Picture of athlete cycling

Open Access research with a real impact on health...

The Strathprints institutional repository is a digital archive of University of Strathclyde's Open Access research outputs. Strathprints provides access to thousands of Open Access research papers by Strathclyde researchers, including by researchers from the Physical Activity for Health Group based within the School of Psychological Sciences & Health. Research here seeks to better understand how and why physical activity improves health, gain a better understanding of the amount, intensity, and type of physical activity needed for health benefits, and evaluate the effect of interventions to promote physical activity.

Explore open research content by Physical Activity for Health...

Exhibitions and the role of fashion in the sustenance of the Kylie Brand mythology : unpacking the spatial logic of celebrity culture

Hewer, Paul and Hamilton, Kathy (2012) Exhibitions and the role of fashion in the sustenance of the Kylie Brand mythology : unpacking the spatial logic of celebrity culture. Marketing Theory, 12 (4). pp. 411-425. ISSN 1470-5931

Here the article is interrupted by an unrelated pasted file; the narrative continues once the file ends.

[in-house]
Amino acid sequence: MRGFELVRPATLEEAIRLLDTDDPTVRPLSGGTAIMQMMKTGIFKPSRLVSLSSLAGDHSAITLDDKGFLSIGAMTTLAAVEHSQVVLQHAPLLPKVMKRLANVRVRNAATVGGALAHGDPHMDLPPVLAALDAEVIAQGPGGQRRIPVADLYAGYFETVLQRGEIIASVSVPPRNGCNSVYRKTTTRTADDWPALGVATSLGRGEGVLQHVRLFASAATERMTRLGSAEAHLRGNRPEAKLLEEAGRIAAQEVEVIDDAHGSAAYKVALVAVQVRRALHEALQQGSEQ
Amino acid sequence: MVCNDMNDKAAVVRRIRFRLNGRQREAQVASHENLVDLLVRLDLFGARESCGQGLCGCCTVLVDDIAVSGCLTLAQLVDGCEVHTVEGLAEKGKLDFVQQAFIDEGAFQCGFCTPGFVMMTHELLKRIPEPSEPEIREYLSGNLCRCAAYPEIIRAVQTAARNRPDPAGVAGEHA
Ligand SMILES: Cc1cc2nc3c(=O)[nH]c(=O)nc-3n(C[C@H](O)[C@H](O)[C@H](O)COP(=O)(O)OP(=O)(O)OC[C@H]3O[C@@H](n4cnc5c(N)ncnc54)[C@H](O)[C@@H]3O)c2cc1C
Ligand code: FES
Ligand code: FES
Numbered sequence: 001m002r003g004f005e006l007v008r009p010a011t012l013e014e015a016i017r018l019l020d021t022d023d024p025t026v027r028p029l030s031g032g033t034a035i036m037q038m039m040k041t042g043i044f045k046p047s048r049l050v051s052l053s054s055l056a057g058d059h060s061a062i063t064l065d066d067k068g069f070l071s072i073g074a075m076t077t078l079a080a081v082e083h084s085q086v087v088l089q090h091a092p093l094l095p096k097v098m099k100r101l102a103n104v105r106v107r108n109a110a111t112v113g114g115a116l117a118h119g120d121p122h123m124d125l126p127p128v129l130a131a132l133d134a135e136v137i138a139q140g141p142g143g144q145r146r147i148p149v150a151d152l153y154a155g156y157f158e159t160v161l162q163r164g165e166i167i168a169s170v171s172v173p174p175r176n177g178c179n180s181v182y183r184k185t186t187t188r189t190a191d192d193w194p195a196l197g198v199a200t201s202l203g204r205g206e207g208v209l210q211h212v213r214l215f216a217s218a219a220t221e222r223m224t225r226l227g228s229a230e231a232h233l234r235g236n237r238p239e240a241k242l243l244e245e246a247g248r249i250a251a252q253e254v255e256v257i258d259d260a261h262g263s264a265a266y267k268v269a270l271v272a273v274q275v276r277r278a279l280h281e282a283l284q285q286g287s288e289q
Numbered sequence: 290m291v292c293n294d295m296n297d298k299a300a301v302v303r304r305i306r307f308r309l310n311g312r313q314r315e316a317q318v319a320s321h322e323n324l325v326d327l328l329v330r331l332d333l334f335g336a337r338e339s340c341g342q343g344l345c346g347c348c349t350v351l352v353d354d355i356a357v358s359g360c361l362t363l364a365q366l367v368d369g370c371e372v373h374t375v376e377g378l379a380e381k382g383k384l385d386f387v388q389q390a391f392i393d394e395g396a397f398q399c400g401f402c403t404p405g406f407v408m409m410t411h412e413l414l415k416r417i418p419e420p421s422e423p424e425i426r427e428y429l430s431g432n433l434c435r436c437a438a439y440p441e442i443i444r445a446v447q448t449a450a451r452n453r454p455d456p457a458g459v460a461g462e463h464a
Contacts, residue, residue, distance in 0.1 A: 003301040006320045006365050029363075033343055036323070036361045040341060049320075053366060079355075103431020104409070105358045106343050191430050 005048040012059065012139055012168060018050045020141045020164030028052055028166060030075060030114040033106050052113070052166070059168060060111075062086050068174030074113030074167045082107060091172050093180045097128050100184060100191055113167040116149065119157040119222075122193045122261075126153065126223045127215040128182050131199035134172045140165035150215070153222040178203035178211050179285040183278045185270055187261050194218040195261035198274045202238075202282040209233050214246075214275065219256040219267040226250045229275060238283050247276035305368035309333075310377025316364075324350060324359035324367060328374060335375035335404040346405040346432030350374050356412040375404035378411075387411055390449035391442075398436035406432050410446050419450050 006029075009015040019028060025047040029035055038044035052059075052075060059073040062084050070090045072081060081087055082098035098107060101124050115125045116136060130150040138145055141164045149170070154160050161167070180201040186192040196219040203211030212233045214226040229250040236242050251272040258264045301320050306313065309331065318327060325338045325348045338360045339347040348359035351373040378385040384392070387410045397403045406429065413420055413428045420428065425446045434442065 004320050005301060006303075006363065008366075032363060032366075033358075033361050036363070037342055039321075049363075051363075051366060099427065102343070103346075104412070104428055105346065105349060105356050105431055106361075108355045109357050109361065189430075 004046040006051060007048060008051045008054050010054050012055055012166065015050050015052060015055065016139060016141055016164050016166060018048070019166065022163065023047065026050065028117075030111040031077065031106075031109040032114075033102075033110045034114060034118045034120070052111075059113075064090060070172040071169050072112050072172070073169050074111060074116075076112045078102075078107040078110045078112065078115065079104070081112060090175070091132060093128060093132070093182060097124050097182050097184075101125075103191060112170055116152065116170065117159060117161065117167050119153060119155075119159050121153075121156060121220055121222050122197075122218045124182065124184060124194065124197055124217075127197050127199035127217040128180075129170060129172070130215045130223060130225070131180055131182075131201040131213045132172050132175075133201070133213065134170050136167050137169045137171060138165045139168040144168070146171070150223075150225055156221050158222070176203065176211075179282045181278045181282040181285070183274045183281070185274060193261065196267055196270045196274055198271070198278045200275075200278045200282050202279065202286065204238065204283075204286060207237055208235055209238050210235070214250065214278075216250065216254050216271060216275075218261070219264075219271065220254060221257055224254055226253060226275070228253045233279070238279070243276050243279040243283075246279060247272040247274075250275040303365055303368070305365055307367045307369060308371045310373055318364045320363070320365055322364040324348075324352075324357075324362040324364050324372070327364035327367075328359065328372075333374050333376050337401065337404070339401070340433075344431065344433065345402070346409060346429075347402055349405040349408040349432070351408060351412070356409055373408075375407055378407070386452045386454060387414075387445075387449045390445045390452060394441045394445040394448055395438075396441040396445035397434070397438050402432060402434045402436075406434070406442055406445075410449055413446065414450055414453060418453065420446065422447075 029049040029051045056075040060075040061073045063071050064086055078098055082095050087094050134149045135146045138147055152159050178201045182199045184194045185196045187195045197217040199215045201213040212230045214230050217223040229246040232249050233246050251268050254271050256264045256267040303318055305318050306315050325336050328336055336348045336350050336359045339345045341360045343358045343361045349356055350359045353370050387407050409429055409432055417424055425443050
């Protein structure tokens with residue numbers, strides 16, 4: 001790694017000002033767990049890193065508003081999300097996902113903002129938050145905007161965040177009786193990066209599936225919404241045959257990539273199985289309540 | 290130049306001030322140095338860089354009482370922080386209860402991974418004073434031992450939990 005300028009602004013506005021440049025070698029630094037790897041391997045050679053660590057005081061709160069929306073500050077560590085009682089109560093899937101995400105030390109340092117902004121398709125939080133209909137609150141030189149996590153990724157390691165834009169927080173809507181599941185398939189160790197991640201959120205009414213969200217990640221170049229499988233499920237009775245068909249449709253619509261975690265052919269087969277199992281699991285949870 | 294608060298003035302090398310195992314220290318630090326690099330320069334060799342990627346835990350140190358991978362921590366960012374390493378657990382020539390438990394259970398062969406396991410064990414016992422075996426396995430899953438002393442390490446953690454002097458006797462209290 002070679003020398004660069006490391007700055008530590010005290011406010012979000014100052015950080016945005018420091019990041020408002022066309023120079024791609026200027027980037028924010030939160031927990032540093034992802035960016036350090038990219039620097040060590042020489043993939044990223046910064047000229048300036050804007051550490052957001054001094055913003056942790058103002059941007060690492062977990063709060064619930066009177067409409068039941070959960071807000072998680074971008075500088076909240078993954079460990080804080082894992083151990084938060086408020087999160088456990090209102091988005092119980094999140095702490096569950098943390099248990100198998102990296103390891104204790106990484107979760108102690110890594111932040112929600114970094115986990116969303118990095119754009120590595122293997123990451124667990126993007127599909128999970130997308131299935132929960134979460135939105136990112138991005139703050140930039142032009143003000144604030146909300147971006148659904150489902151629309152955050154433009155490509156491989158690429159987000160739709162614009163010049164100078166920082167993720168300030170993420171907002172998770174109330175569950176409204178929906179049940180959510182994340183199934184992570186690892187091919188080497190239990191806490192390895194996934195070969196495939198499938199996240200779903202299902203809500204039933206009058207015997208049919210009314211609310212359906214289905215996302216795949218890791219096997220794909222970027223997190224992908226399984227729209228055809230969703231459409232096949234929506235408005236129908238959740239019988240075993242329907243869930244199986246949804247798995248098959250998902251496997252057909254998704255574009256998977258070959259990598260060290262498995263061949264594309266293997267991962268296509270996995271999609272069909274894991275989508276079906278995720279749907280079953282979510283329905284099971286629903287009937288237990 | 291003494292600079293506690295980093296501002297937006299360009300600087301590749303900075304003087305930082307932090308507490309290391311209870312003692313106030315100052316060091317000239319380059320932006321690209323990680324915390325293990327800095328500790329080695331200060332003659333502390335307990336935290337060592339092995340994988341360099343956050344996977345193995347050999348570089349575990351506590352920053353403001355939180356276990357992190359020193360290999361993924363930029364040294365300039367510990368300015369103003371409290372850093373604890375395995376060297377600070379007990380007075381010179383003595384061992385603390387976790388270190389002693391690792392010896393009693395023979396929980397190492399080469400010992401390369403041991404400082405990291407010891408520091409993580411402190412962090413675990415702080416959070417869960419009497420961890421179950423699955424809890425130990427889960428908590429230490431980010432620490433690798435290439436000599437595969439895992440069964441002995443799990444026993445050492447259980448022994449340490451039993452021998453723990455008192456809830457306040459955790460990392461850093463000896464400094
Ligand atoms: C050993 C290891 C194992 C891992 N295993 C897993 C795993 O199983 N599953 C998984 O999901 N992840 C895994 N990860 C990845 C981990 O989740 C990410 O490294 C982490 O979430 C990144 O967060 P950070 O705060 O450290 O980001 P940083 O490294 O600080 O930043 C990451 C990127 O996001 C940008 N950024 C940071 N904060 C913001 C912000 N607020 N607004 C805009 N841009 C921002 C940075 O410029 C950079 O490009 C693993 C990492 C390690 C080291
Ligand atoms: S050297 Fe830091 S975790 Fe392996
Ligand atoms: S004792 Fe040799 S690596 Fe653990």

Full text not available in this repository. Request a copy from the Strathclyde author

Abstract

Central to the logic of the aesthetic economy (Entwistle, 2002) is celebrity culture, the two go hand in hand and the boundaries between them are increasingly blurred in the spirit and name of commerce, capitalism and marketing. Celebrity demands a stage, or better, an exhibition space, a frame for further performance and sustainment of appeal, a space to induce inspiration among followers and fans alike. Celebrity by this reckoning is less about advertising and the transfer of meaning through such overly narrow and confined media processes (McCracken, 1989); rather celebrity affect, as we seek to demonstrate in this paper, works through specific stagings, one such being the celebrity fashion exhibition, where the appeal of celebrity is broadened and staged anew to cultivate new forms of attraction, intimacy and public participation.